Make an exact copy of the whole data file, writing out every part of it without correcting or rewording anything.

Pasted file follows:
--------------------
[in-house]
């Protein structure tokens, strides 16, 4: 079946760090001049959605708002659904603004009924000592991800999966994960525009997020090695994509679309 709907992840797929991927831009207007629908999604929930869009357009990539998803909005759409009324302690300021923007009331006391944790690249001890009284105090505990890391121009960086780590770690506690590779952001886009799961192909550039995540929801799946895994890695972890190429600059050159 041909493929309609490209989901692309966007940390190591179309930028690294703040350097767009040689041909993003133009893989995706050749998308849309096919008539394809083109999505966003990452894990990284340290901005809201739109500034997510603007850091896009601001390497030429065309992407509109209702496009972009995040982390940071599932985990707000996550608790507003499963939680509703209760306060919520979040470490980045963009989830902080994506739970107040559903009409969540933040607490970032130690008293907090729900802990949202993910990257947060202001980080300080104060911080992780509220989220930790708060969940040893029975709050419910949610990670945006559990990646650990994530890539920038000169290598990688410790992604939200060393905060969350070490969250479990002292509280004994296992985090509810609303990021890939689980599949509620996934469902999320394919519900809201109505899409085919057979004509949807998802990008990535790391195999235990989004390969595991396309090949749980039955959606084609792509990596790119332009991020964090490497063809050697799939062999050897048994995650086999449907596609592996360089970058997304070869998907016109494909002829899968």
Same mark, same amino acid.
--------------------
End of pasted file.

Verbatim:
[in-house]
């Protein structure tokens, strides 16, 4: 079946760090001049959605708002659904603004009924000592991800999966994960525009997020090695994509679309 709907992840797929991927831009207007629908999604929930869009357009990539998803909005759409009324302690300021923007009331006391944790690249001890009284105090505990890391121009960086780590770690506690590779952001886009799961192909550039995540929801799946895994890695972890190429600059050159 041909493929309609490209989901692309966007940390190591179309930028690294703040350097767009040689041909993003133009893989995706050749998308849309096919008539394809083109999505966003990452894990990284340290901005809201739109500034997510603007850091896009601001390497030429065309992407509109209702496009972009995040982390940071599932985990707000996550608790507003499963939680509703209760306060919520979040470490980045963009989830902080994506739970107040559903009409969540933040607490970032130690008293907090729900802990949202993910990257947060202001980080300080104060911080992780509220989220930790708060969940040893029975709050419910949610990670945006559990990646650990994530890539920038000169290598990688410790992604939200060393905060969350070490969250479990002292509280004994296992985090509810609303990021890939689980599949509620996934469902999320394919519900809201109505899409085919057979004509949807998802990008990535790391195999235990989004390969595991396309090949749980039955959606084609792509990596790119332009991020964090490497063809050697799939062999050897048994995650086999449907596609592996360089970058997304070869998907016109494909002829899968």
Same mark, same amino acid.